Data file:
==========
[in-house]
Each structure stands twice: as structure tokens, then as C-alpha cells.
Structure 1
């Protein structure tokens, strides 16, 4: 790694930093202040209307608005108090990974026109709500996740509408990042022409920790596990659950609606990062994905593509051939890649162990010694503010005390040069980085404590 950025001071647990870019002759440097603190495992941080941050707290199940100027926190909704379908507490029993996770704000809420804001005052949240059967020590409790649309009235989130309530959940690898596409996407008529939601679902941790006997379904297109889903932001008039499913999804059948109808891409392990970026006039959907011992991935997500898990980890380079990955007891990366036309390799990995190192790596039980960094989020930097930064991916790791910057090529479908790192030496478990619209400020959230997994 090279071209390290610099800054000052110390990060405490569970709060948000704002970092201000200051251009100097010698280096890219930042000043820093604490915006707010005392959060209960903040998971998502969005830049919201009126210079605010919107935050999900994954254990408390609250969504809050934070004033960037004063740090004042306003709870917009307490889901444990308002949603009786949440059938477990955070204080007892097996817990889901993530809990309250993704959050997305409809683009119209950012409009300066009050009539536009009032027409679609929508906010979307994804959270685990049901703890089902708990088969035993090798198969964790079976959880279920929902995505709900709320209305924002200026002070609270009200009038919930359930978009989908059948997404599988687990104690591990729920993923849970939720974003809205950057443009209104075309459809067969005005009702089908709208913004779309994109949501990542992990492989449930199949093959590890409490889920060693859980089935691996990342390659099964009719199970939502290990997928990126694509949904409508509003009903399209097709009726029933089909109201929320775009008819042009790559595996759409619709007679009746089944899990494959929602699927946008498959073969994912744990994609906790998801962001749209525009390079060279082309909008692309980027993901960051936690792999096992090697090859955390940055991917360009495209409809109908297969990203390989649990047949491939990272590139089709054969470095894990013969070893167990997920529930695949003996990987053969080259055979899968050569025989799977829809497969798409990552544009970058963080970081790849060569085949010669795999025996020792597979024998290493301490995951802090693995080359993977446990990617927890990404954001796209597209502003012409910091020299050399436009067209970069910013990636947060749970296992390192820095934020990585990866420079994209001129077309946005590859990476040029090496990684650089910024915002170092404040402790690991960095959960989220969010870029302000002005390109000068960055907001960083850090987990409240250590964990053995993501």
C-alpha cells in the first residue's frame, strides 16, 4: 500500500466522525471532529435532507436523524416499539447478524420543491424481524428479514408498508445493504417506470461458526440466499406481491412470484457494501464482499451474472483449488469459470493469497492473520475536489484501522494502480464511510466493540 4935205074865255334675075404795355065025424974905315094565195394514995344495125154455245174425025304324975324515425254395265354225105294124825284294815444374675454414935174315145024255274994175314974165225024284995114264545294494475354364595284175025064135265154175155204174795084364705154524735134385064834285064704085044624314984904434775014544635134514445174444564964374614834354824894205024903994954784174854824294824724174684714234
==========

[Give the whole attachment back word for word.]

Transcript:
[in-house]
Each structure stands twice: as structure tokens, then as C-alpha cells.
Structure 1
């Protein structure tokens, strides 16, 4: 790694930093202040209307608005108090990974026109709500996740509408990042022409920790596990659950609606990062994905593509051939890649162990010694503010005390040069980085404590 950025001071647990870019002759440097603190495992941080941050707290199940100027926190909704379908507490029993996770704000809420804001005052949240059967020590409790649309009235989130309530959940690898596409996407008529939601679902941790006997379904297109889903932001008039499913999804059948109808891409392990970026006039959907011992991935997500898990980890380079990955007891990366036309390799990995190192790596039980960094989020930097930064991916790791910057090529479908790192030496478990619209400020959230997994 090279071209390290610099800054000052110390990060405490569970709060948000704002970092201000200051251009100097010698280096890219930042000043820093604490915006707010005392959060209960903040998971998502969005830049919201009126210079605010919107935050999900994954254990408390609250969504809050934070004033960037004063740090004042306003709870917009307490889901444990308002949603009786949440059938477990955070204080007892097996817990889901993530809990309250993704959050997305409809683009119209950012409009300066009050009539536009009032027409679609929508906010979307994804959270685990049901703890089902708990088969035993090798198969964790079976959880279920929902995505709900709320209305924002200026002070609270009200009038919930359930978009989908059948997404599988687990104690591990729920993923849970939720974003809205950057443009209104075309459809067969005005009702089908709208913004779309994109949501990542992990492989449930199949093959590890409490889920060693859980089935691996990342390659099964009719199970939502290990997928990126694509949904409508509003009903399209097709009726029933089909109201929320775009008819042009790559595996759409619709007679009746089944899990494959929602699927946008498959073969994912744990994609906790998801962001749209525009390079060279082309909008692309980027993901960051936690792999096992090697090859955390940055991917360009495209409809109908297969990203390989649990047949491939990272590139089709054969470095894990013969070893167990997920529930695949003996990987053969080259055979899968050569025989799977829809497969798409990552544009970058963080970081790849060569085949010669795999025996020792597979024998290493301490995951802090693995080359993977446990990617927890990404954001796209597209502003012409910091020299050399436009067209970069910013990636947060749970296992390192820095934020990585990866420079994209001129077309946005590859990476040029090496990684650089910024915002170092404040402790690991960095959960989220969010870029302000002005390109000068960055907001960083850090987990409240250590964990053995993501």
C-alpha cells in the first residue's frame, strides 16, 4: 500500500466522525471532529435532507436523524416499539447478524420543491424481524428479514408498508445493504417506470461458526440466499406481491412470484457494501464482499451474472483449488469459470493469497492473520475536489484501522494502480464511510466493540 4935205074865255334675075404795355065025424974905315094565195394514995344495125154455245174425025304324975324515425254395265354225105294124825284294815444374675454414935174315145024255274994175314974165225024284995114264545294494475354364595284175025064135265154175155204174795084364705154524735134385064834285064704085044624314984904434775014544635134514445174444564964374614834354824894205024903994954784174854824294824724174684714234